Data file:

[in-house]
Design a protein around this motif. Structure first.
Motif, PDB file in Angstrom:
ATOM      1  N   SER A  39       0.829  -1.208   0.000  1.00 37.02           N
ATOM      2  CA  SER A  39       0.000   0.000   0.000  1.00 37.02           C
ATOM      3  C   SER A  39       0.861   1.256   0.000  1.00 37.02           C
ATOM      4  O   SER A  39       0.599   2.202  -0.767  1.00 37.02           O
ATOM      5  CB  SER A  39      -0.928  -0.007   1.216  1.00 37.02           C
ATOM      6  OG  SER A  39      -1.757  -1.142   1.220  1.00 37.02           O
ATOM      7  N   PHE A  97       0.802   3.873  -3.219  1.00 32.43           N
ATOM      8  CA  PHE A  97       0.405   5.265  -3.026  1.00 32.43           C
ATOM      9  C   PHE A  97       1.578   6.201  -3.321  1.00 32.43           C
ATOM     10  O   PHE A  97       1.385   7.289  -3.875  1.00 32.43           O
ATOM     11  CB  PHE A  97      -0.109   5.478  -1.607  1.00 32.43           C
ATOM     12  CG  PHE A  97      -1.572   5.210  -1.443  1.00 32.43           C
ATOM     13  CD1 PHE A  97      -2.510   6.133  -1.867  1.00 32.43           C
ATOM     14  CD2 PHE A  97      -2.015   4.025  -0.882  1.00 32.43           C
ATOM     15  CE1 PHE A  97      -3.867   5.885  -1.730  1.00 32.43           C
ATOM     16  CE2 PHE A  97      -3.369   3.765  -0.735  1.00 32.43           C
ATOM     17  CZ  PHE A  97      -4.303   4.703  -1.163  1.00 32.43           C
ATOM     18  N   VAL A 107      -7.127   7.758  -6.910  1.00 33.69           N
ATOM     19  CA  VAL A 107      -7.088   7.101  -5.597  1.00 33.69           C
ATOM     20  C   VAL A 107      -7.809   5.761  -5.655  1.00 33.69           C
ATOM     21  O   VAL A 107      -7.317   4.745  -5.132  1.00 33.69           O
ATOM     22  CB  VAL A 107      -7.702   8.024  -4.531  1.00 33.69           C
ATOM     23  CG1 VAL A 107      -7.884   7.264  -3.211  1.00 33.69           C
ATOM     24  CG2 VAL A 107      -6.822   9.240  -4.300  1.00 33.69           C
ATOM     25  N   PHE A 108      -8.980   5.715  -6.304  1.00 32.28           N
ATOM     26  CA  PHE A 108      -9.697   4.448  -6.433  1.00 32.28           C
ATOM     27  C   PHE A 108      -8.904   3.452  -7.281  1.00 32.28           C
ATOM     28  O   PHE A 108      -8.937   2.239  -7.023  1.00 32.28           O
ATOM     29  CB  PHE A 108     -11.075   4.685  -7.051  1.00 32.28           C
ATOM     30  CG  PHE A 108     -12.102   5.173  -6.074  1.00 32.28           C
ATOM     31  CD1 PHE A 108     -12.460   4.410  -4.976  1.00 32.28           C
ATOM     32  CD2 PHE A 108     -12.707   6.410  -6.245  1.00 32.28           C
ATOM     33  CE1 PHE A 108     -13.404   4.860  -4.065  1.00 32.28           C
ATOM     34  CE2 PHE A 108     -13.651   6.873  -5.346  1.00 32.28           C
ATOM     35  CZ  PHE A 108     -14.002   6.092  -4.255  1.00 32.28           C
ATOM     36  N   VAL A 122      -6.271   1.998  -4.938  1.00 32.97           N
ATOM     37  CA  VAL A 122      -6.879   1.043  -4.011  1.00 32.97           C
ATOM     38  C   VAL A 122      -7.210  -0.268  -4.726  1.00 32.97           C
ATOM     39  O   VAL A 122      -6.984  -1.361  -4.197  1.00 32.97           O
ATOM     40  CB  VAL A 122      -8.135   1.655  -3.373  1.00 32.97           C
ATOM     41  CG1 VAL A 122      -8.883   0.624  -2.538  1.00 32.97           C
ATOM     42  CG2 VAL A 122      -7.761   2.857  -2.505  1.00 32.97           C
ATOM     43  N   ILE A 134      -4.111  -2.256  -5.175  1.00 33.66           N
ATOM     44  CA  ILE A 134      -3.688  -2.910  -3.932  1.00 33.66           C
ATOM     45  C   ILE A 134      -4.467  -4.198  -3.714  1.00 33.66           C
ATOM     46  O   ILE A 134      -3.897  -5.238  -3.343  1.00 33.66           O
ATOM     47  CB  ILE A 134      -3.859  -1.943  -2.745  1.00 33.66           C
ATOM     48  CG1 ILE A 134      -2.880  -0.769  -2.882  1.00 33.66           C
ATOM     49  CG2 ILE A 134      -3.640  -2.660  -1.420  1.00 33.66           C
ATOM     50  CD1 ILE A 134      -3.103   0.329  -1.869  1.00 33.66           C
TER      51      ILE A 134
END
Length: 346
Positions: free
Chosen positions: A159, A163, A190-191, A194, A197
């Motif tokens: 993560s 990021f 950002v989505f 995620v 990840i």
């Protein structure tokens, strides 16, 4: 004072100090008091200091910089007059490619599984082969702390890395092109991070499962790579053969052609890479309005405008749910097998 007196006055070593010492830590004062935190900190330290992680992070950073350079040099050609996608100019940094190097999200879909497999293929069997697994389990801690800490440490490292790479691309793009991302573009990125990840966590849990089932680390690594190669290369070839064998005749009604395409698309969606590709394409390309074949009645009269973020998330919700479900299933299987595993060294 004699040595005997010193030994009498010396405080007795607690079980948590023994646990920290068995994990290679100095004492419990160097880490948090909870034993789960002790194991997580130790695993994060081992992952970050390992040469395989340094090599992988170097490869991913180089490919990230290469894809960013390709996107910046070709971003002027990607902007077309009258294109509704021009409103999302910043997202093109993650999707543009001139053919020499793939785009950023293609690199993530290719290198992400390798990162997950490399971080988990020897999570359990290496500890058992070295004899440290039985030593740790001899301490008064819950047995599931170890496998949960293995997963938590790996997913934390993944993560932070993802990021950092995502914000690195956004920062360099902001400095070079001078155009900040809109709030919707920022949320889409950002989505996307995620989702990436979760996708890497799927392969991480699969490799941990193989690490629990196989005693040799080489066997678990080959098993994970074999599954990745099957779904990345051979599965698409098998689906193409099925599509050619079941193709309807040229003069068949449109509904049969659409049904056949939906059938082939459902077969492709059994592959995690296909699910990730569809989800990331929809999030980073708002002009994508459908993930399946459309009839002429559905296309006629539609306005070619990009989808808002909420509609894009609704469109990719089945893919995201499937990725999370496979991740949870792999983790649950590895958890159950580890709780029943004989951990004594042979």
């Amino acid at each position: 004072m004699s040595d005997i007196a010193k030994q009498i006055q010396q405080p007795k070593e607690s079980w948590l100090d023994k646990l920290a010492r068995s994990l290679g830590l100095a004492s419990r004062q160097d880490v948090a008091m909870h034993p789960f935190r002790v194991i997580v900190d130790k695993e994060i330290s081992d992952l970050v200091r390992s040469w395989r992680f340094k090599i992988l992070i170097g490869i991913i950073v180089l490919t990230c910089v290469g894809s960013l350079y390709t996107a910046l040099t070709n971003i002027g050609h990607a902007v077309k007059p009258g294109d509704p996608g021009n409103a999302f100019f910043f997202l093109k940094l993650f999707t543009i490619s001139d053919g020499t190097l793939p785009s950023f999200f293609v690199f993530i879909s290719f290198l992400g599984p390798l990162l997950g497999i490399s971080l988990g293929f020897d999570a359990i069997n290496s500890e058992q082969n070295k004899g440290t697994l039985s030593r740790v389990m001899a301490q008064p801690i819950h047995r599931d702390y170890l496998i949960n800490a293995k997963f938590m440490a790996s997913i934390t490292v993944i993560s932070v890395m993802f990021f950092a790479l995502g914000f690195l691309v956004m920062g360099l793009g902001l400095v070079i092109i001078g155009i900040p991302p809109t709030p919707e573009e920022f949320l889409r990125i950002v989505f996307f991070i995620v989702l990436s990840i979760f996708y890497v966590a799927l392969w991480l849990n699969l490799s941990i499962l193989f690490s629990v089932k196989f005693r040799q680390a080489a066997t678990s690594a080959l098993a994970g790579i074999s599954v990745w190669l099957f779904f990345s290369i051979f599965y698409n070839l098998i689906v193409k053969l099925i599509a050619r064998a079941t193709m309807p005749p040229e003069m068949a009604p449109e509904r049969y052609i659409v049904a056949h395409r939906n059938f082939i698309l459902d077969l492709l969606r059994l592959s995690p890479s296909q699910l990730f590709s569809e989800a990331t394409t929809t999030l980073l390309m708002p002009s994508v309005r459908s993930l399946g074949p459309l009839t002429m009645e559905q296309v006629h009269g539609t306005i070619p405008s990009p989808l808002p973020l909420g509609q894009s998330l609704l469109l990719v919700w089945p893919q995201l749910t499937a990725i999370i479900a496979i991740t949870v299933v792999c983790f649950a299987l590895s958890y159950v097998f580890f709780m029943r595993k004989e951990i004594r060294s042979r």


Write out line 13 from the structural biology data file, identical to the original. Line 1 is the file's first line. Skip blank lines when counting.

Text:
ATOM     10  O   PHE A  97       1.385   7.289  -3.875  1.00 32.43           O